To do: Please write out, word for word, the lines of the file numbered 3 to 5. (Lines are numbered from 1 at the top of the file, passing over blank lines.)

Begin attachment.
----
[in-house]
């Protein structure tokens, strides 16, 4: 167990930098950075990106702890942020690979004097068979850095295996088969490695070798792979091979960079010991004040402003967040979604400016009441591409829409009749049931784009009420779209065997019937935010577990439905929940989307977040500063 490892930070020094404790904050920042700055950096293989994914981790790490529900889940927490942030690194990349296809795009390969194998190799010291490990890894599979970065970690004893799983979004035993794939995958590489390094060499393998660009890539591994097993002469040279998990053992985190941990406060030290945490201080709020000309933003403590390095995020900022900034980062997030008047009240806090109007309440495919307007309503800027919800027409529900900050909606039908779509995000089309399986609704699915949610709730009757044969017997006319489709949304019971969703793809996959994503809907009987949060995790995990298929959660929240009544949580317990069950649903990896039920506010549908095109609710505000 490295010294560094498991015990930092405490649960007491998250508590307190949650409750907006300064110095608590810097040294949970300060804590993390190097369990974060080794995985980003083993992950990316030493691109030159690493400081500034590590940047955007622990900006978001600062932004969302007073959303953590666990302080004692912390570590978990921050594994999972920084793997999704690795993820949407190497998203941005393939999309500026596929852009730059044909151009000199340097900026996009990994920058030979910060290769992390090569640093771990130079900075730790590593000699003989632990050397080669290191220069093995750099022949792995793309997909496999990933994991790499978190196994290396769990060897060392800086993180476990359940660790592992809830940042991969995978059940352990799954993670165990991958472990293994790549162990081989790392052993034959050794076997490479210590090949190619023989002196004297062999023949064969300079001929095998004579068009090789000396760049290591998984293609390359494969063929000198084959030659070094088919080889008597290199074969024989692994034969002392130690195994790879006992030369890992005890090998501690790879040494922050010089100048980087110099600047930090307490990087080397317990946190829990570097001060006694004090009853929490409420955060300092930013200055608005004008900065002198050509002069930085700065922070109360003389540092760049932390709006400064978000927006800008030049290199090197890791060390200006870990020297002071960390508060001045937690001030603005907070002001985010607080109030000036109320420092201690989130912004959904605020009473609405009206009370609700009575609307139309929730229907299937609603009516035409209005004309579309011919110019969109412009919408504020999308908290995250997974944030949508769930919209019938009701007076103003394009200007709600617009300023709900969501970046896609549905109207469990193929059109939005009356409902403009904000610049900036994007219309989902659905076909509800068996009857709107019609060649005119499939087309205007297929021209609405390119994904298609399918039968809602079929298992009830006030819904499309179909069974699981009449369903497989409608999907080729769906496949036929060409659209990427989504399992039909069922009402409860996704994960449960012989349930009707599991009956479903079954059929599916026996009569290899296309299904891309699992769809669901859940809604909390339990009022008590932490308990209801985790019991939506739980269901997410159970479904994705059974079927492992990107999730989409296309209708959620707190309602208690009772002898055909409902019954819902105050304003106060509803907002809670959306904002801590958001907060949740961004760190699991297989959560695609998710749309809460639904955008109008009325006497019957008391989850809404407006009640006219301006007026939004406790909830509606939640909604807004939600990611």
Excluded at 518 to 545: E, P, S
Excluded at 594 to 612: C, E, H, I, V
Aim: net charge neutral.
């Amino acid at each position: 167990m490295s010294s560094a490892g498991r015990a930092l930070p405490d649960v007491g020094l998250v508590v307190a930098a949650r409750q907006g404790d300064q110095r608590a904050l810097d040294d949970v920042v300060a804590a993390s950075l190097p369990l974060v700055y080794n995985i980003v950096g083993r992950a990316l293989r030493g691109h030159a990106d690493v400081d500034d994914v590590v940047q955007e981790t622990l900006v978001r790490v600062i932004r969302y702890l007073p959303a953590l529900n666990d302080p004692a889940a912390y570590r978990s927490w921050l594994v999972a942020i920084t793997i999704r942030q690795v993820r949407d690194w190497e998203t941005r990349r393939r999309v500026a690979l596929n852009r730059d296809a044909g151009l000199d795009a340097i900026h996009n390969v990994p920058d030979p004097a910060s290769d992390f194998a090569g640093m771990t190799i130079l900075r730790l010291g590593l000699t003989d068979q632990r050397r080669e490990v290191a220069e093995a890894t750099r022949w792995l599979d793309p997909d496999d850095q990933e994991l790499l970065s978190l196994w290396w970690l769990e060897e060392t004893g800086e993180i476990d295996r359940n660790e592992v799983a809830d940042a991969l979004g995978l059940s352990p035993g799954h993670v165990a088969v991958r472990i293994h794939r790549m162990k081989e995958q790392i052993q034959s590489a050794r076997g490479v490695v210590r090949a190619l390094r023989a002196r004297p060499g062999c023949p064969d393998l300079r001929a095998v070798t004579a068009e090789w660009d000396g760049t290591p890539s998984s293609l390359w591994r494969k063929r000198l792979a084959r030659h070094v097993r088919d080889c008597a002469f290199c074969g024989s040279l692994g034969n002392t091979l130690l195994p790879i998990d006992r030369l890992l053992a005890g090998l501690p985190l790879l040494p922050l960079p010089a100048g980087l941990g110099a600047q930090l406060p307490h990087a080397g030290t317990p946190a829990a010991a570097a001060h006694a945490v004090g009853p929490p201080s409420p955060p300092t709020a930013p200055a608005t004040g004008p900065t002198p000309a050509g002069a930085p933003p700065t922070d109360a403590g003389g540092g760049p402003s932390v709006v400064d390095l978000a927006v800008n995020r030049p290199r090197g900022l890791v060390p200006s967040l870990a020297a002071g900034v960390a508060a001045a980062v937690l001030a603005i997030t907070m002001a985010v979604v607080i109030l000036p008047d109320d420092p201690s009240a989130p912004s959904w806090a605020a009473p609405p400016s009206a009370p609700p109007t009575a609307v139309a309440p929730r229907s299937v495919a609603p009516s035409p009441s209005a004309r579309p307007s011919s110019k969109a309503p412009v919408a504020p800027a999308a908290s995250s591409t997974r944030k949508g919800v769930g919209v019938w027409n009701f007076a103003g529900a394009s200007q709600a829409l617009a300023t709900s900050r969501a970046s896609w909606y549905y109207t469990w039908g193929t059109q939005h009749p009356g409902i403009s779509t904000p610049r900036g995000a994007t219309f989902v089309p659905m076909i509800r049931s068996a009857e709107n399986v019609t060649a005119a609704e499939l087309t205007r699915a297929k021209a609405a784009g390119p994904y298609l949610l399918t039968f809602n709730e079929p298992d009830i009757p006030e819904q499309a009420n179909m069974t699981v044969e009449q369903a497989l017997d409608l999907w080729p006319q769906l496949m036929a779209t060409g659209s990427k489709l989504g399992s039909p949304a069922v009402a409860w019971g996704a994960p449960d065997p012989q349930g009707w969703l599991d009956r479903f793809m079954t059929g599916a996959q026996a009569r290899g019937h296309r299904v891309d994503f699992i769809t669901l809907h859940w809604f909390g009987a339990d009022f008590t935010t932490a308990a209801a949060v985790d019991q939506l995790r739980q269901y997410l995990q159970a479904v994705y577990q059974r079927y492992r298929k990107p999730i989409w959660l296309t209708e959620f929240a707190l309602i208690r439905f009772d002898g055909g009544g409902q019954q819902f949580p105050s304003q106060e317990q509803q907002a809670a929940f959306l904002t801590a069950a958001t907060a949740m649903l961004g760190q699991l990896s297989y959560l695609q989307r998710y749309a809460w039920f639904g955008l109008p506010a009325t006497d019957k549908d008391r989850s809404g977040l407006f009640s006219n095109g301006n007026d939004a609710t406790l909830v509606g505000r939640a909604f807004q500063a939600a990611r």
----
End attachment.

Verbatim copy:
Excluded at 518 to 545: E, P, S
Excluded at 594 to 612: C, E, H, I, V
Aim: net charge neutral.